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Up Close with the Adobe Creative Suite

Overview and first impressions of the new Photoshop, ImageReady, InDesign, Illustrator and GoLive By Dave Nagel
With the announcement of its new Creative Suite, Adobe's done quite a bit more than just add a "CS" monicker to its creative applications. All of the company's design tools--Photoshop, ImageReady, Illustrator, InDesign and GoLive--have been given a significant overhaul in and of themselves and then tied together through core technologies to provide a whole new level of integration and streamlined workflow. We will, of course, bring you complete reviews, walkthroughs and tutorials when the final versions are released. But since I've had a chance to get a little hands-on with the new applications in the Creative Suite, I thought it worthwhile to go in depth into some of the new features and give you my first impressions.

The suite itself comprises five new core applications offered in Premium edition and four in the standard edition. These include Photoshop CS, ImageReady CS, Illustrator CS, InDesign CS and GoLive CS. (GoLive is not included in the standard edition. Acrobat Pro 6 is included as well in the Premium edition.) To answer the question many of you are asking yourselves, yes, the applications can be purchased in one of the two bundles or as individual applications. The individual applications retain the CS monicker whether purchased in a bundle or singly. But for those who do use multiple CS applications, there are new features that bring them together more tightly than ever before. These include

  • Increased native file format support, including the ability to open Illustrator documents in Photoshop with editable text, layers and objects;
  • Version Cue for automatically keeping track of document versions with local file serving and multiple user access;
  • Cross-application PDF output, along with PDF/X in InDesign CS;
  • Shared core technologies, including a graphiocs manager, color engine and enhanced XMP;
  • The ability to export images in batches from Photoshop, ImageReady and Illustrator to GoLive;
  • And enhanced print and Web integration through InDesign's Web packaging functions in package linking through GoLive.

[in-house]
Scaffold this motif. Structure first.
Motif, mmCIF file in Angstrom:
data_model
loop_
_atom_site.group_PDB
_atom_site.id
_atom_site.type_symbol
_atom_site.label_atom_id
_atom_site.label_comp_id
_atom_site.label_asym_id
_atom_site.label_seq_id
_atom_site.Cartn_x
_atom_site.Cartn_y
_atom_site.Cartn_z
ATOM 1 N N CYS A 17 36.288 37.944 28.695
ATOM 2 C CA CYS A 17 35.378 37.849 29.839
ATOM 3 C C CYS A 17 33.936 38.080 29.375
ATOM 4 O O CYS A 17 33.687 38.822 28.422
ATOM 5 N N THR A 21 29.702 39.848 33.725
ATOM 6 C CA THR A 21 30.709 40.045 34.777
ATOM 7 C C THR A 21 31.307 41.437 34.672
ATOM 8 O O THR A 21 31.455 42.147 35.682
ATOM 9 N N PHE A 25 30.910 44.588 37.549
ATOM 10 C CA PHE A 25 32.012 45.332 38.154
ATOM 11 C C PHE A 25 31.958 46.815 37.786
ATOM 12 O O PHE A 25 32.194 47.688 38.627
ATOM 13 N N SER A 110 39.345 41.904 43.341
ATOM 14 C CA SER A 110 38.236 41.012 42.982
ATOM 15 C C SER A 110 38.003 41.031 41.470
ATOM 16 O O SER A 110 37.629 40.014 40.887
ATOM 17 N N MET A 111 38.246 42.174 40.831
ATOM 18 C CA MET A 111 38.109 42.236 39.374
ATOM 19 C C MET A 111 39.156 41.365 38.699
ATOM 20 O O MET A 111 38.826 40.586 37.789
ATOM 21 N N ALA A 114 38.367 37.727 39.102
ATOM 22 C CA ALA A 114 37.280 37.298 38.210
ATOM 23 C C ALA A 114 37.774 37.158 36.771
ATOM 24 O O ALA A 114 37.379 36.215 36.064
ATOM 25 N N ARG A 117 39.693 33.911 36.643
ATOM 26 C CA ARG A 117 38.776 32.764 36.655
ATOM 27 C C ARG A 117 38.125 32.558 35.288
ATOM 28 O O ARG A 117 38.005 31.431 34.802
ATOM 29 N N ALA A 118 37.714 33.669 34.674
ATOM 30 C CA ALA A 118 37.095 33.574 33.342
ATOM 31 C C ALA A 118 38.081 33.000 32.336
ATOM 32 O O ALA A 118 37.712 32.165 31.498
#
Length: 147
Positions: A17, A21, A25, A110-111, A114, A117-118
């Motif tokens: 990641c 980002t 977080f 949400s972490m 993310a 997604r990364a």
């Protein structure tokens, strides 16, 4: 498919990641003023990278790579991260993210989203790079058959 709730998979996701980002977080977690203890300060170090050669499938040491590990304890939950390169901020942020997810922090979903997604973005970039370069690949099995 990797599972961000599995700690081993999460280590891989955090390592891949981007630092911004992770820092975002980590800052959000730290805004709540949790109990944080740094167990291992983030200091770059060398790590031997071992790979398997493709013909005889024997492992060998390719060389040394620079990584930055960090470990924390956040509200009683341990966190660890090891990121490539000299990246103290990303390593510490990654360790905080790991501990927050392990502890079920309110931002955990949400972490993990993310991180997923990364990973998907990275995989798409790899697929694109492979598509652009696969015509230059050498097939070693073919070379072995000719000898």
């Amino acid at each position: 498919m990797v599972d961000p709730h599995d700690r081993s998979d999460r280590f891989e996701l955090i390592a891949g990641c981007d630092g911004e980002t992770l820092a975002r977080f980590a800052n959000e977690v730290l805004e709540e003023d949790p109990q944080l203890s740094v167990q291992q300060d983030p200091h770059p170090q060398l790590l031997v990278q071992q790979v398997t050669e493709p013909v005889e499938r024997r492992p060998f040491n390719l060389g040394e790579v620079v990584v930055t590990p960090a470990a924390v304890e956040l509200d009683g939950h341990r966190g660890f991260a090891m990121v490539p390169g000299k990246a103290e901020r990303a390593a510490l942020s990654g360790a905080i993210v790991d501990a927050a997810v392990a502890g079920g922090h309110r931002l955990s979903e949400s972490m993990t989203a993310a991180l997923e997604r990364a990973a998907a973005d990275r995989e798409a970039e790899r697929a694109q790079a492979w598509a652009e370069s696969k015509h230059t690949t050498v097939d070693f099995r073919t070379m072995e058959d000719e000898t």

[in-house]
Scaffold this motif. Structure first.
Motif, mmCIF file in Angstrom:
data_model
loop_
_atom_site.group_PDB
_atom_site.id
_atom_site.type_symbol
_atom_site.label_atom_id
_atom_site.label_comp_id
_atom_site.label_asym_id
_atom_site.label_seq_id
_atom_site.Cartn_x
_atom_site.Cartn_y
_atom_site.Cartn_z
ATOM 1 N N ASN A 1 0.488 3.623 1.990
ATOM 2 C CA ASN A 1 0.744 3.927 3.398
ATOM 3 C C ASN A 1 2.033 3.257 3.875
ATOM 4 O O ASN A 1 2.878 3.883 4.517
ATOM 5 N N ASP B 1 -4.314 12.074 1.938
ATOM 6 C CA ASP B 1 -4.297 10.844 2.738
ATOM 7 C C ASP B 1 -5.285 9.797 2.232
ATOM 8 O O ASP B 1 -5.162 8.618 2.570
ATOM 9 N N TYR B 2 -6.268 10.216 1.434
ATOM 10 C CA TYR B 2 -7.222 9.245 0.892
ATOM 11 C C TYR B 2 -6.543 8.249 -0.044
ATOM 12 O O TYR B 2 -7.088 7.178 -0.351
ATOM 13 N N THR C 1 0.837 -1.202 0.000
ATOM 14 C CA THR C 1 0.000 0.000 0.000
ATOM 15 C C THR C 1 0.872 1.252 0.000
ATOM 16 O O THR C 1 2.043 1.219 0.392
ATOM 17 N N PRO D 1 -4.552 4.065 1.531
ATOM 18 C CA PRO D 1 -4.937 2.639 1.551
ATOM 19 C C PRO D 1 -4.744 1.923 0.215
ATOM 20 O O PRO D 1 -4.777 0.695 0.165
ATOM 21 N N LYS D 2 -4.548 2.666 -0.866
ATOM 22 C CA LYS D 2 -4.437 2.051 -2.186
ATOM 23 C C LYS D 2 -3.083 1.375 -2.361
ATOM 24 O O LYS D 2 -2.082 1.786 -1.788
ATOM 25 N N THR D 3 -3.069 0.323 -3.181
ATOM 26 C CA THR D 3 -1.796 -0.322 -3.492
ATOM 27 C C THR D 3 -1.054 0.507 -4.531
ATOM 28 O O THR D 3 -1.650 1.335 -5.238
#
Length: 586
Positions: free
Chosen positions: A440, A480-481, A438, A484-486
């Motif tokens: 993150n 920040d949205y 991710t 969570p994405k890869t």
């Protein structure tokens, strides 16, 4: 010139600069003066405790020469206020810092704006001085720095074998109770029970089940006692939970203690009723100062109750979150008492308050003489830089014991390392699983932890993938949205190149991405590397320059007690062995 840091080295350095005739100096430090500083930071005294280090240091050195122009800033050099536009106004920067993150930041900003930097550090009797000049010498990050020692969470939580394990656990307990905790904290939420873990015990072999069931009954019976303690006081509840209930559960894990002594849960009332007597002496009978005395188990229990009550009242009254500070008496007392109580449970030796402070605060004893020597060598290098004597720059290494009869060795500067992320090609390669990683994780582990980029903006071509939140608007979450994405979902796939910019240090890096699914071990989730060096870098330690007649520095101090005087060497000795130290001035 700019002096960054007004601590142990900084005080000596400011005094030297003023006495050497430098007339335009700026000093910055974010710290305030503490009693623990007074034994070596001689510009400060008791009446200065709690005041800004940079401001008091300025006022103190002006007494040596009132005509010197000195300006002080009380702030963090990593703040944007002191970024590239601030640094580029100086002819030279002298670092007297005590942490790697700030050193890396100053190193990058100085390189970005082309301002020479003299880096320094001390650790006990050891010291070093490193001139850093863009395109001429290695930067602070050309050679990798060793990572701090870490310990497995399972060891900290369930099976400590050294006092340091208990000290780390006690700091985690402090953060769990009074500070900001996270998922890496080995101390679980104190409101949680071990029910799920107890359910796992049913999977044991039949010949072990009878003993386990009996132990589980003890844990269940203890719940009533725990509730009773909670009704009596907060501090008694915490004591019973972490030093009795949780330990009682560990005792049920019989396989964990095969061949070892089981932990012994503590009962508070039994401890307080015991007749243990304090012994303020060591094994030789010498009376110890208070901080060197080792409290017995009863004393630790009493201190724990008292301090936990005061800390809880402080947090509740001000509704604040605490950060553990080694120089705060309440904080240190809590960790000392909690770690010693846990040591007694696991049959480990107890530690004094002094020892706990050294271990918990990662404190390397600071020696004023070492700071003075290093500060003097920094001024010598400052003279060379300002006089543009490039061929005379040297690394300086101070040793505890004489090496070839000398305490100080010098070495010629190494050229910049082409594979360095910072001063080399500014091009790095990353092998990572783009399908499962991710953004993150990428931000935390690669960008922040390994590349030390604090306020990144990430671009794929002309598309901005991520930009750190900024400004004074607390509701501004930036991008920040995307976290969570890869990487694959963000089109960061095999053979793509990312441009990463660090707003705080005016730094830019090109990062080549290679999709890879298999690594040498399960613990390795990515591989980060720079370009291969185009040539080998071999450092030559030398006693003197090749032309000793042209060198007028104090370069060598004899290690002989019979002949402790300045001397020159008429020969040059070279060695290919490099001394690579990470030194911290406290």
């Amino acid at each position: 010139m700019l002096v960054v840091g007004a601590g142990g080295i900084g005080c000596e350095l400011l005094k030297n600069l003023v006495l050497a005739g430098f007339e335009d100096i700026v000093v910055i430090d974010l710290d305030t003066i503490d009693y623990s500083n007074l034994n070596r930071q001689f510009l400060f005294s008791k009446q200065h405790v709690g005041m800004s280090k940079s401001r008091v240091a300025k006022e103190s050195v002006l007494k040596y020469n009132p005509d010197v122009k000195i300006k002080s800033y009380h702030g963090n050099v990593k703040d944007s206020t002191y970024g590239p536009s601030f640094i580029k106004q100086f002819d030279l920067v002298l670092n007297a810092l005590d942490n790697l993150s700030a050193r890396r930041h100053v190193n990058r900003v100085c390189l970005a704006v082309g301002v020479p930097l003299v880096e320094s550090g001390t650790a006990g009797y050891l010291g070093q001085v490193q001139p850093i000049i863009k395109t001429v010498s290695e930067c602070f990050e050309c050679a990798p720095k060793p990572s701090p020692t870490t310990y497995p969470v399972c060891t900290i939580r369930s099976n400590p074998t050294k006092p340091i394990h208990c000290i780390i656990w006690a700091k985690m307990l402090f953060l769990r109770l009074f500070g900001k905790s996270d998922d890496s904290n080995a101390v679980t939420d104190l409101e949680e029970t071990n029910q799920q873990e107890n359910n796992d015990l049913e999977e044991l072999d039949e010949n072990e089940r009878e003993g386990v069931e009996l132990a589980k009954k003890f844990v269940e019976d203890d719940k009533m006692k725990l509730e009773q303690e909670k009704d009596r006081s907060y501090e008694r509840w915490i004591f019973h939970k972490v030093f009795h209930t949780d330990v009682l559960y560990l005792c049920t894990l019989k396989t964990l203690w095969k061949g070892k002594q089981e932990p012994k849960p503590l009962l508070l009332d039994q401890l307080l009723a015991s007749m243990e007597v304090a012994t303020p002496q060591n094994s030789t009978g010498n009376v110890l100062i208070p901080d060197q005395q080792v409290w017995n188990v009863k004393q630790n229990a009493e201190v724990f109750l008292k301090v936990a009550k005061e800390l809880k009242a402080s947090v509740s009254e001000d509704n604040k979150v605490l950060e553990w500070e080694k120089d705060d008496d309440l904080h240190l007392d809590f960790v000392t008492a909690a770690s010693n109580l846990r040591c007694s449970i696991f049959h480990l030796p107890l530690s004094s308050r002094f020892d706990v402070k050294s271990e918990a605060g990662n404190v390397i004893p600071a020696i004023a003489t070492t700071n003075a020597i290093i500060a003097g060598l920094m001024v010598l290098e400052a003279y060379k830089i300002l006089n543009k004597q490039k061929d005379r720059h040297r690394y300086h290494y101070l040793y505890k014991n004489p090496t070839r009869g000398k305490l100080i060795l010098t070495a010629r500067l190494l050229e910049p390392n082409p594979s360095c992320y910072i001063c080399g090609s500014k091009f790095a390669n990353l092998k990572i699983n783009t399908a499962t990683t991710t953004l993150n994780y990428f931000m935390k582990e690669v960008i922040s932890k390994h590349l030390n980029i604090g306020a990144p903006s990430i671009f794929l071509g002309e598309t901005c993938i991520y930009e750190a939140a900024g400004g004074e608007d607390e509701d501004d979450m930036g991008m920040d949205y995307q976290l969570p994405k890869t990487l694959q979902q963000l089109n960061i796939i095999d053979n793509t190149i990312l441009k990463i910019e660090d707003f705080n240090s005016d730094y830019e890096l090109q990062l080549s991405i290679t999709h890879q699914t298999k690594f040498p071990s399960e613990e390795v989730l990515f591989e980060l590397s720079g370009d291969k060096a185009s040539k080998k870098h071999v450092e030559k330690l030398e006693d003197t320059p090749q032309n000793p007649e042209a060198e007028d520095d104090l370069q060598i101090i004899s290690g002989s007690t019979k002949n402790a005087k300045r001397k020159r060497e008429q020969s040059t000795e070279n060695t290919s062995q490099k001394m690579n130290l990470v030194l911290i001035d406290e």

Browser-based Version Cue workspace administration allows administrators to add and edit users (including privileges) and perform project-based tasks, such as removing old document versions, view logs and create new projects.

Version Cue is one of the central features tying together the new software line. For those who haven't seen it yet, it's a bit difficult to explain but simple enough to grasp once it's staring you in the face. It provides, essentially, centralized management of projects, files and file versions and also incorporates version notes and the ability to rank files as final version, current version, draft and the like. It's designed, of course, for environments where multiple users will be working with the same files and modifying them and provides easy, automated naming conventions to help avoid the confusion that can occur in these situations. (We've all encountered the dreaded "imagefinal-[your initials]-reallyfinal-revised2.psd" problem when passing files between multiple designers.)

In single-user environments, Version Cue won't be a factor, but the other integration features--particularly the interoperability between Photoshop and Illustrator--will save time and frustration.

But let's move away from integration and get into some of the more spectacular aspects of the new versions of the individual applications. We'll get into Photoshop first, which is by far the most dramatically improved of all of the new applications. Then we'll cover ImageReady CS, InDesign and GoLive CS. We'll save Illustrator CS--surprisingly one of the more major updates--for last.

Photoshop CS
I didn't think it likely that Adobe could improve so dramatically over Photoshop 7 in such a short time, but Photoshop CS gains so many new and major features that it's difficult to sort them all out in an overview like this. Nevertheless, I shall try to cover both the new, the flashy and the downright useful functionality adequately.

First and foremost for me--and something that probably could have stood on its own as a reason to upgrade--is Photoshop's new 16-bit-per-channel color support. Yes, previous versions of Photoshop could read 16-bit files and allowed you to perform a very limited number of operations on them. The new version, however, has more 16-bit features than most graphics applications have features period. This includes full layer support, styles, effects filters, drawing and painting tools, text and other functions that were simply inaccessible in 16-bit mode in Photoshop 7. This will be a welcome addition to the toolset of photographers and video and motion graphics professionals alike.

I can't overstate the importance of vastly improved 16-bit color coming to the world's most popular image editor. But it's only the beginning of the list of new and dramatically enhanced features in Photoshop CS.

Related to this feature is another boon for photographers: the incorporation of the next-generation 16-bit Camera Raw plugin, which allows for manipulation of raw data files from higher-end digital cameras. The available controls are wide and varied and include functions like white balance, temperature, tint, exposure, size, resolution, details, lens adjustment, calibration, color space and depth, etc., along with a full-time histogram display.

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